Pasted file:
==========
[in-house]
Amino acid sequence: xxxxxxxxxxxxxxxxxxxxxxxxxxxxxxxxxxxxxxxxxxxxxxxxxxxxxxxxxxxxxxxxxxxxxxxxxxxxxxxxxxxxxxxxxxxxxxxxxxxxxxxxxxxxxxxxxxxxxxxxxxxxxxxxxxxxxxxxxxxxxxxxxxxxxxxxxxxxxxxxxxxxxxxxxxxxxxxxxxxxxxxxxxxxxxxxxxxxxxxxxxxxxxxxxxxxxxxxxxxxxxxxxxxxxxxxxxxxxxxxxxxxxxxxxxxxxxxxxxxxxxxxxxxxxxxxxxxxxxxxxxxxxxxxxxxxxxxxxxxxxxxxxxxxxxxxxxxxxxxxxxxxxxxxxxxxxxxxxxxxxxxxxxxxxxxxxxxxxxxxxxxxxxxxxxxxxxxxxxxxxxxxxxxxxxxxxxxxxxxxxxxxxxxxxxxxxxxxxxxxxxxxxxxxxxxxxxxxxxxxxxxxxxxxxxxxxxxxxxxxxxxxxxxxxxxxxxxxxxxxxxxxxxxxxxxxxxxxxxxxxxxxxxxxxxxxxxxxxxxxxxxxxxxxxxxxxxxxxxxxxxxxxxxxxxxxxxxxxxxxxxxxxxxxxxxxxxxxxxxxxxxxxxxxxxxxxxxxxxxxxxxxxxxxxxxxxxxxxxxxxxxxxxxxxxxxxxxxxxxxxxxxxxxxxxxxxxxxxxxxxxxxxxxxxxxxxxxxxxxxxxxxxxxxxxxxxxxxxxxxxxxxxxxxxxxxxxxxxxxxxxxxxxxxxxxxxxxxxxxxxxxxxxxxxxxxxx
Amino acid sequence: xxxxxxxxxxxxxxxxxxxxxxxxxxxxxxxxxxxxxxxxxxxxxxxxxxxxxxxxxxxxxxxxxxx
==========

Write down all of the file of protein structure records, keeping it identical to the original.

[in-house]
Amino acid sequence: xxxxxxxxxxxxxxxxxxxxxxxxxxxxxxxxxxxxxxxxxxxxxxxxxxxxxxxxxxxxxxxxxxxxxxxxxxxxxxxxxxxxxxxxxxxxxxxxxxxxxxxxxxxxxxxxxxxxxxxxxxxxxxxxxxxxxxxxxxxxxxxxxxxxxxxxxxxxxxxxxxxxxxxxxxxxxxxxxxxxxxxxxxxxxxxxxxxxxxxxxxxxxxxxxxxxxxxxxxxxxxxxxxxxxxxxxxxxxxxxxxxxxxxxxxxxxxxxxxxxxxxxxxxxxxxxxxxxxxxxxxxxxxxxxxxxxxxxxxxxxxxxxxxxxxxxxxxxxxxxxxxxxxxxxxxxxxxxxxxxxxxxxxxxxxxxxxxxxxxxxxxxxxxxxxxxxxxxxxxxxxxxxxxxxxxxxxxxxxxxxxxxxxxxxxxxxxxxxxxxxxxxxxxxxxxxxxxxxxxxxxxxxxxxxxxxxxxxxxxxxxxxxxxxxxxxxxxxxxxxxxxxxxxxxxxxxxxxxxxxxxxxxxxxxxxxxxxxxxxxxxxxxxxxxxxxxxxxxxxxxxxxxxxxxxxxxxxxxxxxxxxxxxxxxxxxxxxxxxxxxxxxxxxxxxxxxxxxxxxxxxxxxxxxxxxxxxxxxxxxxxxxxxxxxxxxxxxxxxxxxxxxxxxxxxxxxxxxxxxxxxxxxxxxxxxxxxxxxxxxxxxxxxxxxxxxxxxxxxxxxxxxxxxxxxxxxxxxxxxxxxxxxxxxxxxxxxxxxxxxxxxxxxxxxxxxxx
Amino acid sequence: xxxxxxxxxxxxxxxxxxxxxxxxxxxxxxxxxxxxxxxxxxxxxxxxxxxxxxxxxxxxxxxxxxx